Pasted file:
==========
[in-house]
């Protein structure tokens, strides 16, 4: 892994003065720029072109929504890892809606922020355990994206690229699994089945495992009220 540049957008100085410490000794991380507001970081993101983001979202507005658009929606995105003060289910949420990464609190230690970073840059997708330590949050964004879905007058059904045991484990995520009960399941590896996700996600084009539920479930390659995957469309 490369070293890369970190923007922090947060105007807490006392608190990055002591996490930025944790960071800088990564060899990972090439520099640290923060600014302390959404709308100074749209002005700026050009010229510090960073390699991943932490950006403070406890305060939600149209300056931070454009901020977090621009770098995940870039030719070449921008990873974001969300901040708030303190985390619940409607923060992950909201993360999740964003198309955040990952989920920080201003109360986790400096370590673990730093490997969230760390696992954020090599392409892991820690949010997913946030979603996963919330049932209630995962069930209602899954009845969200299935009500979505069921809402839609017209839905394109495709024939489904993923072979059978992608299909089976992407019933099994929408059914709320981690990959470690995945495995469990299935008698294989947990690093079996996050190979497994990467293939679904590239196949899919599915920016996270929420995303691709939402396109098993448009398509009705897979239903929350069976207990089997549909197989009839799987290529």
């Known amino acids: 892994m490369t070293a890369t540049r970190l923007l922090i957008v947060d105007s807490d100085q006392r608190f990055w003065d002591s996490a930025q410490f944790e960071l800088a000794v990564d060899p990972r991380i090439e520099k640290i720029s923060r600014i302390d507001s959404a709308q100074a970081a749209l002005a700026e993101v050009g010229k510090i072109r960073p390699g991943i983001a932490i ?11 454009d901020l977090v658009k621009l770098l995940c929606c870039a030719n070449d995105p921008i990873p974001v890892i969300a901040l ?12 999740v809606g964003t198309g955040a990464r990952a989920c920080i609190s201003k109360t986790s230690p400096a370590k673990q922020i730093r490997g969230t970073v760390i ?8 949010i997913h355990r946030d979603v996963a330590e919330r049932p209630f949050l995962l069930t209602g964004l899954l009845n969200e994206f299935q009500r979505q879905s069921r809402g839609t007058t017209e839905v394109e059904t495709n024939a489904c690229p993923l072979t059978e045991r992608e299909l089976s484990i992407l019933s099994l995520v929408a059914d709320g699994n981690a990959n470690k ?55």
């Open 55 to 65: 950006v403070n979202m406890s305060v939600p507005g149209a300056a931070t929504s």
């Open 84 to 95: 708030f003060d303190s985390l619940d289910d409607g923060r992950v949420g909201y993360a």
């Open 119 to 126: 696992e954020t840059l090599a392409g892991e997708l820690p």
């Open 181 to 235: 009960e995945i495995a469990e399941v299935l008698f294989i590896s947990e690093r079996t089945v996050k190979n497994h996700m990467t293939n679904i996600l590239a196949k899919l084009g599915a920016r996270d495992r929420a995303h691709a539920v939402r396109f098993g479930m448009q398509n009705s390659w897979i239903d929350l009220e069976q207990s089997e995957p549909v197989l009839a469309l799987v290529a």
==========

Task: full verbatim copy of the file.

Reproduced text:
[in-house]
């Protein structure tokens, strides 16, 4: 892994003065720029072109929504890892809606922020355990994206690229699994089945495992009220 540049957008100085410490000794991380507001970081993101983001979202507005658009929606995105003060289910949420990464609190230690970073840059997708330590949050964004879905007058059904045991484990995520009960399941590896996700996600084009539920479930390659995957469309 490369070293890369970190923007922090947060105007807490006392608190990055002591996490930025944790960071800088990564060899990972090439520099640290923060600014302390959404709308100074749209002005700026050009010229510090960073390699991943932490950006403070406890305060939600149209300056931070454009901020977090621009770098995940870039030719070449921008990873974001969300901040708030303190985390619940409607923060992950909201993360999740964003198309955040990952989920920080201003109360986790400096370590673990730093490997969230760390696992954020090599392409892991820690949010997913946030979603996963919330049932209630995962069930209602899954009845969200299935009500979505069921809402839609017209839905394109495709024939489904993923072979059978992608299909089976992407019933099994929408059914709320981690990959470690995945495995469990299935008698294989947990690093079996996050190979497994990467293939679904590239196949899919599915920016996270929420995303691709939402396109098993448009398509009705897979239903929350069976207990089997549909197989009839799987290529």
């Known amino acids: 892994m490369t070293a890369t540049r970190l923007l922090i957008v947060d105007s807490d100085q006392r608190f990055w003065d002591s996490a930025q410490f944790e960071l800088a000794v990564d060899p990972r991380i090439e520099k640290i720029s923060r600014i302390d507001s959404a709308q100074a970081a749209l002005a700026e993101v050009g010229k510090i072109r960073p390699g991943i983001a932490i ?11 454009d901020l977090v658009k621009l770098l995940c929606c870039a030719n070449d995105p921008i990873p974001v890892i969300a901040l ?12 999740v809606g964003t198309g955040a990464r990952a989920c920080i609190s201003k109360t986790s230690p400096a370590k673990q922020i730093r490997g969230t970073v760390i ?8 949010i997913h355990r946030d979603v996963a330590e919330r049932p209630f949050l995962l069930t209602g964004l899954l009845n969200e994206f299935q009500r979505q879905s069921r809402g839609t007058t017209e839905v394109e059904t495709n024939a489904c690229p993923l072979t059978e045991r992608e299909l089976s484990i992407l019933s099994l995520v929408a059914d709320g699994n981690a990959n470690k ?55």
């Open 55 to 65: 950006v403070n979202m406890s305060v939600p507005g149209a300056a931070t929504s």
């Open 84 to 95: 708030f003060d303190s985390l619940d289910d409607g923060r992950v949420g909201y993360a």
């Open 119 to 126: 696992e954020t840059l090599a392409g892991e997708l820690p």
């Open 181 to 235: 009960e995945i495995a469990e399941v299935l008698f294989i590896s947990e690093r079996t089945v996050k190979n497994h996700m990467t293939n679904i996600l590239a196949k899919l084009g599915a920016r996270d495992r929420a995303h691709a539920v939402r396109f098993g479930m448009q398509n009705s390659w897979i239903d929350l009220e069976q207990s089997e995957p549909v197989l009839a469309l799987v290529a």